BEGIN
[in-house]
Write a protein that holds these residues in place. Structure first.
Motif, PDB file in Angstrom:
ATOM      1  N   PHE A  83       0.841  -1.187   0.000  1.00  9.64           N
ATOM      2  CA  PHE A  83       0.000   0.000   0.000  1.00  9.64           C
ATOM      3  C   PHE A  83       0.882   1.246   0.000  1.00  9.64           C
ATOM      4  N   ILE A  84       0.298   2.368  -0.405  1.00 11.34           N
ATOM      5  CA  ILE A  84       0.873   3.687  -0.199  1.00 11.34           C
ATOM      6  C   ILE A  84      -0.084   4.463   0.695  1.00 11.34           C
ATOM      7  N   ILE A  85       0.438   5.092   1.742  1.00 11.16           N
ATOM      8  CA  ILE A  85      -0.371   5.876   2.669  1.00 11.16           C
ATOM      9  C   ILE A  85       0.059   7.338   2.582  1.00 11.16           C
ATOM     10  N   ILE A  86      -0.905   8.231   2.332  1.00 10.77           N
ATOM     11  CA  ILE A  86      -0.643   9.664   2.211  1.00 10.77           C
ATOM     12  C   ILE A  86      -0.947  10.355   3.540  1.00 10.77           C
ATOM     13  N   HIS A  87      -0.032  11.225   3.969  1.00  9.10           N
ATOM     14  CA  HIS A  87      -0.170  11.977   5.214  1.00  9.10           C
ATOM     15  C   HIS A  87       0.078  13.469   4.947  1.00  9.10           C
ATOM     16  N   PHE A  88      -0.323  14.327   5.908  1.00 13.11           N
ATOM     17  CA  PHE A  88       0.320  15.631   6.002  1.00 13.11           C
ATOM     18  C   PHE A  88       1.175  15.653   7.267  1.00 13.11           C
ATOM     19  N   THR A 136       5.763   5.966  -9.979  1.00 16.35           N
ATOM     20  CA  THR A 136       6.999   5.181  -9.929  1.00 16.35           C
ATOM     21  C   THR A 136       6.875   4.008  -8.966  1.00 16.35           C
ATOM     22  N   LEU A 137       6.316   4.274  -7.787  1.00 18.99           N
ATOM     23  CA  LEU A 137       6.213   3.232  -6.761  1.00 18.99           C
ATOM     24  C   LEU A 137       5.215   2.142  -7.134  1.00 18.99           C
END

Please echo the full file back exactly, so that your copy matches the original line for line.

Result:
[in-house]
Write a protein that holds these residues in place. Structure first.
Motif, PDB file in Angstrom:
ATOM      1  N   PHE A  83       0.841  -1.187   0.000  1.00  9.64           N
ATOM      2  CA  PHE A  83       0.000   0.000   0.000  1.00  9.64           C
ATOM      3  C   PHE A  83       0.882   1.246   0.000  1.00  9.64           C
ATOM      4  N   ILE A  84       0.298   2.368  -0.405  1.00 11.34           N
ATOM      5  CA  ILE A  84       0.873   3.687  -0.199  1.00 11.34           C
ATOM      6  C   ILE A  84      -0.084   4.463   0.695  1.00 11.34           C
ATOM      7  N   ILE A  85       0.438   5.092   1.742  1.00 11.16           N
ATOM      8  CA  ILE A  85      -0.371   5.876   2.669  1.00 11.16           C
ATOM      9  C   ILE A  85       0.059   7.338   2.582  1.00 11.16           C
ATOM     10  N   ILE A  86      -0.905   8.231   2.332  1.00 10.77           N
ATOM     11  CA  ILE A  86      -0.643   9.664   2.211  1.00 10.77           C
ATOM     12  C   ILE A  86      -0.947  10.355   3.540  1.00 10.77           C
ATOM     13  N   HIS A  87      -0.032  11.225   3.969  1.00  9.10           N
ATOM     14  CA  HIS A  87      -0.170  11.977   5.214  1.00  9.10           C
ATOM     15  C   HIS A  87       0.078  13.469   4.947  1.00  9.10           C
ATOM     16  N   PHE A  88      -0.323  14.327   5.908  1.00 13.11           N
ATOM     17  CA  PHE A  88       0.320  15.631   6.002  1.00 13.11           C
ATOM     18  C   PHE A  88       1.175  15.653   7.267  1.00 13.11           C
ATOM     19  N   THR A 136       5.763   5.966  -9.979  1.00 16.35           N
ATOM     20  CA  THR A 136       6.999   5.181  -9.929  1.00 16.35           C
ATOM     21  C   THR A 136       6.875   4.008  -8.966  1.00 16.35           C
ATOM     22  N   LEU A 137       6.316   4.274  -7.787  1.00 18.99           N
ATOM     23  CA  LEU A 137       6.213   3.232  -6.761  1.00 18.99           C
ATOM     24  C   LEU A 137       5.215   2.142  -7.134  1.00 18.99           C